Challenges and outcomes of implementing a national syphilis follow-up system for the elimination of congenital syphilis in Cambodia: a mixed-methods study

T Delvaux, Vichea Ouk, Sovannarith Samreth, S Yos, R Tep, C Pall, V Keo, S Deng, WHK Cho, S Hul, S Chhorn, S Tuot, R Kim

Research output: Contribution to journalA1: Web of Science-articlepeer-review


Objectives We aimed to describe the challenges and outcomes of implementing a national syphilis follow-up system to improve syphilis management in maternal and child health (MCH) services in Cambodia.

Design Operational study; quantitative cohort data and cross sectional qualitative data.

Setting Public health facilities at national level and in four provinces with high syphilis prevalence in Cambodia.

Participants Pregnant women screened for syphilis; MCH health care providers and managers.

Methods We conducted an operational research using syphilis screening and treatment data collected from a national follow-up system (cohort data) and reported in the health management information system (HMIS) between 2019 and 2020. We also conducted indepth interviews with 16 pregnant women and focus group discussions with 37 healthcare providers and managers. Descriptive statistics and thematic content analysis were used.

Outcome measures Syphilis testing and treatment results and perceptions regarding these services.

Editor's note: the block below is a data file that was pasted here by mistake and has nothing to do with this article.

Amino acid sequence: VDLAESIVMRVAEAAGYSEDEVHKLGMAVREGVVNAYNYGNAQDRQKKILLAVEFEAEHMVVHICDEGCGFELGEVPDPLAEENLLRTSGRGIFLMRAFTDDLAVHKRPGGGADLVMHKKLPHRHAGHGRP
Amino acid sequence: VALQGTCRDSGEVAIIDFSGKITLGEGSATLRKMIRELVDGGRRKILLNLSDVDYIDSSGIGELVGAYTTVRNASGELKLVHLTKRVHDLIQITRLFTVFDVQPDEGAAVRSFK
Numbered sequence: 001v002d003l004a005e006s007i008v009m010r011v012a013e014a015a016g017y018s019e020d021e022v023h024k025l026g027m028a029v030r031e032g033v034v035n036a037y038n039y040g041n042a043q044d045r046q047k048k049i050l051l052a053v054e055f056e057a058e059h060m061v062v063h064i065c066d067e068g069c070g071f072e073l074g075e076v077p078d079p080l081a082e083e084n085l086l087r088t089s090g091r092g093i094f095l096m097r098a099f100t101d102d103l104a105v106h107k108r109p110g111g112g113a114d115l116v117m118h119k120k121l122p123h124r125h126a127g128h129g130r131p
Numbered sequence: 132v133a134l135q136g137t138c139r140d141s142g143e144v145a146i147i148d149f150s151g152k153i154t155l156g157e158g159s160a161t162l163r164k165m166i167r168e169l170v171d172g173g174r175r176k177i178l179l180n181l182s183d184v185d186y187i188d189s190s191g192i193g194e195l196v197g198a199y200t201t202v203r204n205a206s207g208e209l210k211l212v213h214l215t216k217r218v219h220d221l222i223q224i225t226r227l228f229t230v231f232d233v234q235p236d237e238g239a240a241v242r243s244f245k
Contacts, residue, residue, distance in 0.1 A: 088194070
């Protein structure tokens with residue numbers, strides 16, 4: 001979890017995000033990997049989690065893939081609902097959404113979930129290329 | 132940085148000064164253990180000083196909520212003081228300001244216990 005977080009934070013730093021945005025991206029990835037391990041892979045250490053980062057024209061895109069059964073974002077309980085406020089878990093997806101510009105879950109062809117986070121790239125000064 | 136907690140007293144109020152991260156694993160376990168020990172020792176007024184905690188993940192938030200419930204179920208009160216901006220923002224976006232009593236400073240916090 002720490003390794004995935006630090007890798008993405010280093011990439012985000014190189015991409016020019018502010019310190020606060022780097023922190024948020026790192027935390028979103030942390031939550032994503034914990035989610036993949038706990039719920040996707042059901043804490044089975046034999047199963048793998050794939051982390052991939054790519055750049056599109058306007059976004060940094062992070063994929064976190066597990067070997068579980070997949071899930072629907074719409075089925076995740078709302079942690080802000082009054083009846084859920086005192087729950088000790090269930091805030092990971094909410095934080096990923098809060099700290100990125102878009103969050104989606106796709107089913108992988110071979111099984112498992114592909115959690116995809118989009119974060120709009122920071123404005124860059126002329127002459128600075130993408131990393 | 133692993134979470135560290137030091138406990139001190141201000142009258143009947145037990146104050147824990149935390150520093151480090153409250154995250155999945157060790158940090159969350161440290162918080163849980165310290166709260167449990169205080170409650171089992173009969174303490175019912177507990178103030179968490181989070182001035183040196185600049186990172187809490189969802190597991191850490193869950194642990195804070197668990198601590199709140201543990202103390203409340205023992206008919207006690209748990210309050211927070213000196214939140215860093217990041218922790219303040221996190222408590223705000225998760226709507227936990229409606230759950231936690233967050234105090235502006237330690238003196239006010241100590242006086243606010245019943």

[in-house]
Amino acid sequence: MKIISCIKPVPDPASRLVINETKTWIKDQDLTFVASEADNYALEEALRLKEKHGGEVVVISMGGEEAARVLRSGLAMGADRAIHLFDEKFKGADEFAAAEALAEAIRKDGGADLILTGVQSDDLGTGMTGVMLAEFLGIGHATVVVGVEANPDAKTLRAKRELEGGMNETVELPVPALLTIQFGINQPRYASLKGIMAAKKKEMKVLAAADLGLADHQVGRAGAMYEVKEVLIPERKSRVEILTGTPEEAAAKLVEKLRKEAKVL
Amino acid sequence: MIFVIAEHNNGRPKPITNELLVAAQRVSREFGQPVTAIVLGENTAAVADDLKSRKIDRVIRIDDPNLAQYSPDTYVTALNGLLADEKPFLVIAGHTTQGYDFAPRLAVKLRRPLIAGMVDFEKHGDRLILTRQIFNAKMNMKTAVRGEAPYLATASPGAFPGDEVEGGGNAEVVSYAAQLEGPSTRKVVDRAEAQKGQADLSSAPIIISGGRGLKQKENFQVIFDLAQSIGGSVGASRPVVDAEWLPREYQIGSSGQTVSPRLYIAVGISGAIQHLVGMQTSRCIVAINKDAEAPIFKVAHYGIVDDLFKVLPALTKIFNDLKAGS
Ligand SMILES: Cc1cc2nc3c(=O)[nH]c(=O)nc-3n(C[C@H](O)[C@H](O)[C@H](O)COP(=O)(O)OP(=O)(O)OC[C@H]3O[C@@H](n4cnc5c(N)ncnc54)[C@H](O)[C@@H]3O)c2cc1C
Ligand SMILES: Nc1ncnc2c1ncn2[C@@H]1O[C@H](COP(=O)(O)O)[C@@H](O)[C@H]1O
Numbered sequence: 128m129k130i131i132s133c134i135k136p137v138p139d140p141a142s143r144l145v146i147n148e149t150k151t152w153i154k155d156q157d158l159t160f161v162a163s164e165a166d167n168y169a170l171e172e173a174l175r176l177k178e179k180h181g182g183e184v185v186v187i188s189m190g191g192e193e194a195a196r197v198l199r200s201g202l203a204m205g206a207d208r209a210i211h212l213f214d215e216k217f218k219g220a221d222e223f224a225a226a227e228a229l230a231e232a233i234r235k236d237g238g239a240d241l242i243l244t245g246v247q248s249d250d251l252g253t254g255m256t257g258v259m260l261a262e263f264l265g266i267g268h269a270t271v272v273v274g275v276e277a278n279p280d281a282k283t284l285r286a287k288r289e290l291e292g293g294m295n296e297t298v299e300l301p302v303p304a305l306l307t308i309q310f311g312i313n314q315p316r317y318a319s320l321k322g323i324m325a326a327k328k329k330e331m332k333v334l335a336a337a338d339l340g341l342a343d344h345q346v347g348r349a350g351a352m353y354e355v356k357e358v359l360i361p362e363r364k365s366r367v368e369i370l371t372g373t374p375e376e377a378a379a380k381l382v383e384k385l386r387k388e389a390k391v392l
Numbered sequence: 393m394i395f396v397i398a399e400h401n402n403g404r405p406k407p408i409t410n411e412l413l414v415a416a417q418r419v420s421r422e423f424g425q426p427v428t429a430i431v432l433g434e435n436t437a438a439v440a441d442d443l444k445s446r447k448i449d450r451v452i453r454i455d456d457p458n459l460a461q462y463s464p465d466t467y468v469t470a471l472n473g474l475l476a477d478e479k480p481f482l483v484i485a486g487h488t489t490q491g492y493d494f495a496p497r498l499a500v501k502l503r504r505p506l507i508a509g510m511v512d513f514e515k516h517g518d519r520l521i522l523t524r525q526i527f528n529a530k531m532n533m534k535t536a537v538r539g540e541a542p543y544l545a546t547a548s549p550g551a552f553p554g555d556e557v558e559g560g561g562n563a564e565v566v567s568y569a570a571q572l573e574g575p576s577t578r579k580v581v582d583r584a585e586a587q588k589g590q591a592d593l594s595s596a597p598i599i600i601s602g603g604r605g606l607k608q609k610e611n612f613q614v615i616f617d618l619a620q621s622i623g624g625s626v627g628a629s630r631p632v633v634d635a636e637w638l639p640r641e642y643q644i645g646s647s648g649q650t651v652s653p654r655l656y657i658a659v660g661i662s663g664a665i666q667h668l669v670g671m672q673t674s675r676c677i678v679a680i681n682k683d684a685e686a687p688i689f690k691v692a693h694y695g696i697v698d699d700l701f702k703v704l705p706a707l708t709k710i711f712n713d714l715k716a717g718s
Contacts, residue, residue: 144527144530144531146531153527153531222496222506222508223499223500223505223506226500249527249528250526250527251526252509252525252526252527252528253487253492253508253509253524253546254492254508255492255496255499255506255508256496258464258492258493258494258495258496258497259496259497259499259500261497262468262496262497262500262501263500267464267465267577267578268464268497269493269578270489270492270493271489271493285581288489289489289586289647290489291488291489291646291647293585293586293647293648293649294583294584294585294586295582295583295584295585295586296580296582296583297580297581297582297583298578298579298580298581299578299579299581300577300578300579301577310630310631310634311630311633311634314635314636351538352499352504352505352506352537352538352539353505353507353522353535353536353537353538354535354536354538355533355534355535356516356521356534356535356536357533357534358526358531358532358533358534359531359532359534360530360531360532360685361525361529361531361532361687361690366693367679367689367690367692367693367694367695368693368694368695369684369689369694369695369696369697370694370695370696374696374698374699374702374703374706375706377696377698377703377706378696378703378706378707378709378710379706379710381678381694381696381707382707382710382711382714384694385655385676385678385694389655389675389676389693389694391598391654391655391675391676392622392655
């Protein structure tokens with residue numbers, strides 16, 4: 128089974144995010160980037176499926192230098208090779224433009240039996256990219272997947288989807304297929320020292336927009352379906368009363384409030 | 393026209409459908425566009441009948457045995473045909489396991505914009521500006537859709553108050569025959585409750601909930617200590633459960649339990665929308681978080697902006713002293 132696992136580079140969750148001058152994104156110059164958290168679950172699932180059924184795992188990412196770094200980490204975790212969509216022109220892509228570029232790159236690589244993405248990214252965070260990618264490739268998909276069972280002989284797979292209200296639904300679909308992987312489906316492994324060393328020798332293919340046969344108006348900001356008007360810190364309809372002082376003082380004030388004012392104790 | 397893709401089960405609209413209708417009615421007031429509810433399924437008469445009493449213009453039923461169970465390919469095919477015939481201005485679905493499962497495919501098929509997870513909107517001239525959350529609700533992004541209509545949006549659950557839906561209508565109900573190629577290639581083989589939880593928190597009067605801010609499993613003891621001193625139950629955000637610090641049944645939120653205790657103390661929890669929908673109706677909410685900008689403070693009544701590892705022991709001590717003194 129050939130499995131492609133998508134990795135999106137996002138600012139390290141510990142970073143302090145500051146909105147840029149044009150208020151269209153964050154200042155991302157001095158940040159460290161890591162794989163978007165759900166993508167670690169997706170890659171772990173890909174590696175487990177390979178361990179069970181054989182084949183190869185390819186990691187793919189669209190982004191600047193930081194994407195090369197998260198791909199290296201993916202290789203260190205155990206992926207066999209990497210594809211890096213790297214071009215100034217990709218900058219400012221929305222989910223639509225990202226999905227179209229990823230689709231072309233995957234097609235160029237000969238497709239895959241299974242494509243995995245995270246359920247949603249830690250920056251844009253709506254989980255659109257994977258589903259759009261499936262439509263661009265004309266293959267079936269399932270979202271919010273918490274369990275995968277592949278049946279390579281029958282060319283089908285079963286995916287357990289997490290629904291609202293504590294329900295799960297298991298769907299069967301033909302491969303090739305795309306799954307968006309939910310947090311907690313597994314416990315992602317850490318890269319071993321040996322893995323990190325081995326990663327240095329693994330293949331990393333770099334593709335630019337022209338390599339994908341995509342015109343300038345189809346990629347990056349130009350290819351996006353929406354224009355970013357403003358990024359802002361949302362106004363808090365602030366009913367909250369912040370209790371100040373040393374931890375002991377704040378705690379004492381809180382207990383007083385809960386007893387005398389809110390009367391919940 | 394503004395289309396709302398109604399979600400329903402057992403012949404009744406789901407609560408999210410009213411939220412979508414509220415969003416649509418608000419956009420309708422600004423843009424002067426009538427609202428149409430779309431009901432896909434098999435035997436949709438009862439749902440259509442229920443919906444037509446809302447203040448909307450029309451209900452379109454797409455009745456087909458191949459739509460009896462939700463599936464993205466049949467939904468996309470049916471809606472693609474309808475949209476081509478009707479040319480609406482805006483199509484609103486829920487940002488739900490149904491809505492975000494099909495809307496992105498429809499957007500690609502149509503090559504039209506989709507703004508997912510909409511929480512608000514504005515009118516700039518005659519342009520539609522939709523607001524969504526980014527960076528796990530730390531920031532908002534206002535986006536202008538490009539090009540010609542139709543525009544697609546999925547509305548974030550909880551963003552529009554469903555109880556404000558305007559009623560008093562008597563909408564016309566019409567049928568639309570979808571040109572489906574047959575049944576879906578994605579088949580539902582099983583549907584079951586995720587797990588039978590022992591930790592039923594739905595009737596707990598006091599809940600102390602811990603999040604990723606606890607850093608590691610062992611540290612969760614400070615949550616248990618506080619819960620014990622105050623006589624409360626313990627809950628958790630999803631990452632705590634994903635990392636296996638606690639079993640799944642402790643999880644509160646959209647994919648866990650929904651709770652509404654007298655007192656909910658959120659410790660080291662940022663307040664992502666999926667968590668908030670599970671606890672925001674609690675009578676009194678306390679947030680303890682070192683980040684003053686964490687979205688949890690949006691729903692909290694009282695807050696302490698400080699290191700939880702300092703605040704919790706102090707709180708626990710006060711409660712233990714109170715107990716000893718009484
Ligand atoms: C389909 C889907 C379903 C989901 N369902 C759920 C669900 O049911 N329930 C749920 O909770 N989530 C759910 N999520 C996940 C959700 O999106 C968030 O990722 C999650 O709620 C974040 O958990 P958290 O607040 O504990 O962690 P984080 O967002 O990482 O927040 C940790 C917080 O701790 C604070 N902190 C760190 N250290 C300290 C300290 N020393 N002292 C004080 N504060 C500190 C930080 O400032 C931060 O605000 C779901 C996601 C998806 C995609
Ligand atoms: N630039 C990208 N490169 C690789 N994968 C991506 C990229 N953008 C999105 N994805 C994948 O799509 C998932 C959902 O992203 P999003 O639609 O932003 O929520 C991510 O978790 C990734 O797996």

Results A total of 470 pregnant women who tested positive in rapid syphilis testing were recorded in the national syphilis follow-up system in 2019–2020. Of these, 71% (332 of 470) received a rapid plasma reagin (RPR) test and 95% (n=315) tested positive; 78% (246 of 315) received any syphilis treatment and only 28% (88 of 315) were treated adequately with benzathine penicillin G (BPG). Data from four provinces with high syphilis prevalence (more closely monitored) showed higher testing and treatment rates than at the national level. HMIS aggregated data reported a higher number of pregnant women screened and treated for syphilis than the follow-up system during the same period. Barriers to syphilis testing and treatment included late antenatal care, long distance to RPR testing and treatment, partners’ lack of support to reach the health facility, BPG stockout and poor adherence to oral treatment in the absence of BPG. Providers and managers reported a lack of communication across services, insufficient skills to treat infants and absence of clear guidance regarding the revised follow-up system. Study findings contributed to changes in operating procedures nationwide to facilitate access to syphilis testing and adequate treatment and a systematic follow-up of pregnant women and exposed infants.

Conclusions Study results contributed to informing improvements to syphilis management in MCH services in Cambodia.
Original languageEnglish
Article numbere063261
JournalBMJ Open
Issue number1
Number of pages10
Publication statusPublished - 2023


  • Infection control
  • Prenatal diagnosis
  • Public health


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